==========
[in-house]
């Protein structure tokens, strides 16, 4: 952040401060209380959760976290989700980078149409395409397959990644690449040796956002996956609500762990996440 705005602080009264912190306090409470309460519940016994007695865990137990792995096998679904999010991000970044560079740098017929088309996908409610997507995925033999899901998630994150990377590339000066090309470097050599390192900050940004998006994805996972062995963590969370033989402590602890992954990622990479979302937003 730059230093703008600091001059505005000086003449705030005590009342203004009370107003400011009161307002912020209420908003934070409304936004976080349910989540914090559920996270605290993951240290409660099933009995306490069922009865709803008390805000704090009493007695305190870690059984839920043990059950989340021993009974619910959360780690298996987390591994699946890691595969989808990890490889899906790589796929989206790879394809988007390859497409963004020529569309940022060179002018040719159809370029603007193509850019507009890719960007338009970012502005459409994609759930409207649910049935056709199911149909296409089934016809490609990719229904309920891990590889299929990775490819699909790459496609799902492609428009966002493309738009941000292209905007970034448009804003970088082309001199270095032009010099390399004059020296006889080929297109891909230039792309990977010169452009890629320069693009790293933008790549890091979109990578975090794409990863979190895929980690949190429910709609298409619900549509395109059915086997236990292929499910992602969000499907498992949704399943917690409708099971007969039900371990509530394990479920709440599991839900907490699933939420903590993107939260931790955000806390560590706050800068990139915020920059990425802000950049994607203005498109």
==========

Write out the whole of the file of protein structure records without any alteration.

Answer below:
[in-house]
């Protein structure tokens, strides 16, 4: 952040401060209380959760976290989700980078149409395409397959990644690449040796956002996956609500762990996440 705005602080009264912190306090409470309460519940016994007695865990137990792995096998679904999010991000970044560079740098017929088309996908409610997507995925033999899901998630994150990377590339000066090309470097050599390192900050940004998006994805996972062995963590969370033989402590602890992954990622990479979302937003 730059230093703008600091001059505005000086003449705030005590009342203004009370107003400011009161307002912020209420908003934070409304936004976080349910989540914090559920996270605290993951240290409660099933009995306490069922009865709803008390805000704090009493007695305190870690059984839920043990059950989340021993009974619910959360780690298996987390591994699946890691595969989808990890490889899906790589796929989206790879394809988007390859497409963004020529569309940022060179002018040719159809370029603007193509850019507009890719960007338009970012502005459409994609759930409207649910049935056709199911149909296409089934016809490609990719229904309920891990590889299929990775490819699909790459496609799902492609428009966002493309738009941000292209905007970034448009804003970088082309001199270095032009010099390399004059020296006889080929297109891909230039792309990977010169452009890629320069693009790293933008790549890091979109990578975090794409990863979190895929980690949190429910709609298409619900549509395109059915086997236990292929499910992602969000499907498992949704399943917690409708099971007969039900371990509530394990479920709440599991839900907490699933939420903590993107939260931790955000806390560590706050800068990139915020920059990425802000950049994607203005498109």